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George Ticknor, Life, letters and journals of George Ticknor (ed. George Hillard), Chapter 14: (search)
w almost entirely divided into two sectional, fierce parties, the North and the South, the antislavery fast becoming—what wise men have long foreseen-mere abolitionism, and now excited to madness by the brutal assault on Sumner, by the contest in Kansas, and by the impending Presidential canvass. I have not witnessed so bad a state of things for forty years, not since the last war with you in 1812-15. At the present moment everything in the Atlantic States is in the hands of the Disunionisty year, more and more, how they are wasting away under the blighting curse of slavery, and struggle like drowning men to recover some foothold on solid ground. The North, justly outraged by the assault on Sumner, and by much that has happened in Kansas, loses—for a time—both patience and wisdom, so that I hear fighting the South constantly talked of as a thing not to be deprecated. But the great West, the valley of the Mississippi, . . . . is comparatively little excited on the great questio<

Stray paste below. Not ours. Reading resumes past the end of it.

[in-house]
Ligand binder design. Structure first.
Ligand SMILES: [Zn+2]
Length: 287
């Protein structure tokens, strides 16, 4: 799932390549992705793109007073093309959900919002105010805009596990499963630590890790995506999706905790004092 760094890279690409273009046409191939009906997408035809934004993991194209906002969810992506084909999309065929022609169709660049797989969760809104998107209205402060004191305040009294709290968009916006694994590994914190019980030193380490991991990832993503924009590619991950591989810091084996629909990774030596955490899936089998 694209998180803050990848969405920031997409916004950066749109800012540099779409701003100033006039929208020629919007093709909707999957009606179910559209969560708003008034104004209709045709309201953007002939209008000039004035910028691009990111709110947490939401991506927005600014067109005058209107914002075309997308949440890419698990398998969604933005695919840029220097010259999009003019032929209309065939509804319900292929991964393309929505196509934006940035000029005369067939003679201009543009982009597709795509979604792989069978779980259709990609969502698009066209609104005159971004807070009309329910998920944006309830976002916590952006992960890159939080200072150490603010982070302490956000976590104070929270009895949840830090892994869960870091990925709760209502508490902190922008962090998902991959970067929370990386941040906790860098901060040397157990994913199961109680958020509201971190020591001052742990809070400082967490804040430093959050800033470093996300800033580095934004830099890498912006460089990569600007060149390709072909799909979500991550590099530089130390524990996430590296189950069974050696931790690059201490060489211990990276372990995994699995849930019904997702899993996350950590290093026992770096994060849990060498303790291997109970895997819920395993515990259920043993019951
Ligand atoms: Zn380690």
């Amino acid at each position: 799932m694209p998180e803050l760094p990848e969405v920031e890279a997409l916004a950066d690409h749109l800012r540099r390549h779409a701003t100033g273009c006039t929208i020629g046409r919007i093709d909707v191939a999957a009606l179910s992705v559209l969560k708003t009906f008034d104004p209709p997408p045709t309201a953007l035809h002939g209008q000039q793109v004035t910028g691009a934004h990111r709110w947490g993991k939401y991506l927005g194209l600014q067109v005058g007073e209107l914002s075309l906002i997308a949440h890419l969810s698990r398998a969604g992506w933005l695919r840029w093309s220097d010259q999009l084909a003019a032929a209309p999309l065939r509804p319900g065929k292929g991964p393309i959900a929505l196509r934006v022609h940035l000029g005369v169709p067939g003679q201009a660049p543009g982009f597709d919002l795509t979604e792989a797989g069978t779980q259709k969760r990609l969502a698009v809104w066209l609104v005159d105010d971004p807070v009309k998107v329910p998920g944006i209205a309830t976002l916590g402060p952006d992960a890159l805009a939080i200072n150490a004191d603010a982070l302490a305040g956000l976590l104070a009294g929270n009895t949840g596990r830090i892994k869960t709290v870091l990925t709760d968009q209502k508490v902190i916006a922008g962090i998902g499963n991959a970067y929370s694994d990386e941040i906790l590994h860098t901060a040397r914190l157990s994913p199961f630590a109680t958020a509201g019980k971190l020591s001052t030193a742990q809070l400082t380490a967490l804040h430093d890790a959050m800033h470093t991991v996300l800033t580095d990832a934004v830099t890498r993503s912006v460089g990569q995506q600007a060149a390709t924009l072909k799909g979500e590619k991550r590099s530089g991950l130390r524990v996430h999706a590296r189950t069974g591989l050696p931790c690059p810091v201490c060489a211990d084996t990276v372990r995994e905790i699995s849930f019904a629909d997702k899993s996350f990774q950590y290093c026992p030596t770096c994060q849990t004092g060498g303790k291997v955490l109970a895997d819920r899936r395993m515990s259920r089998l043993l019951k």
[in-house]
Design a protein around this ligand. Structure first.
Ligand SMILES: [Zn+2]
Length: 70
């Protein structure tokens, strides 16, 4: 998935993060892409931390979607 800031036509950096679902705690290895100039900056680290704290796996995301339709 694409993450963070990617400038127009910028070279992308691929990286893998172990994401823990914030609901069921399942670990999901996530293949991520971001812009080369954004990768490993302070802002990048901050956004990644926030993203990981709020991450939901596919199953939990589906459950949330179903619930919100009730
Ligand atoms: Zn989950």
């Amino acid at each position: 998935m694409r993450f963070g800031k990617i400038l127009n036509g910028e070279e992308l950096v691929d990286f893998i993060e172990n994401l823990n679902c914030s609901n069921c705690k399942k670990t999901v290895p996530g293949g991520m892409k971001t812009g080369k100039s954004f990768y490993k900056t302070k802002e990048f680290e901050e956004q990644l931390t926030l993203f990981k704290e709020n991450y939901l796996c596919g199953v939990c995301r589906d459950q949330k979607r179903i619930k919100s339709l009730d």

George Ticknor, Life, letters and journals of George Ticknor (ed. George Hillard), Chapter 20: (search)
enter on the slavery question, for I confess I do not see my way. If the Northern States secure Kansas as a free State, it will be the first time that their action has been ultimately successful. . . sufficiently formed and organized to be intelligible. The great contest, as you know, is about Kansas. Buchanan has behaved as badly as possible about it; the leaders of the Free Soil party no bettIt has been just as certain for nearly two years, as it is now admitted to be by everybody, that Kansas will be a free State, and yet, as each party has believed that it could profit more by the contenot succeed in extending it, if he desire so to do, I feel sure. Be persuaded, I pray you, that Kansas will be a free State. I felt certain of this when I had the happiness of seeing you in 1856, anhe governments of Europe, that Walker would fail as a flibustero, and that nothing could prevent Kansas from being a free State. But I cannot foresee now, as I could then. . . . Equally uncertain is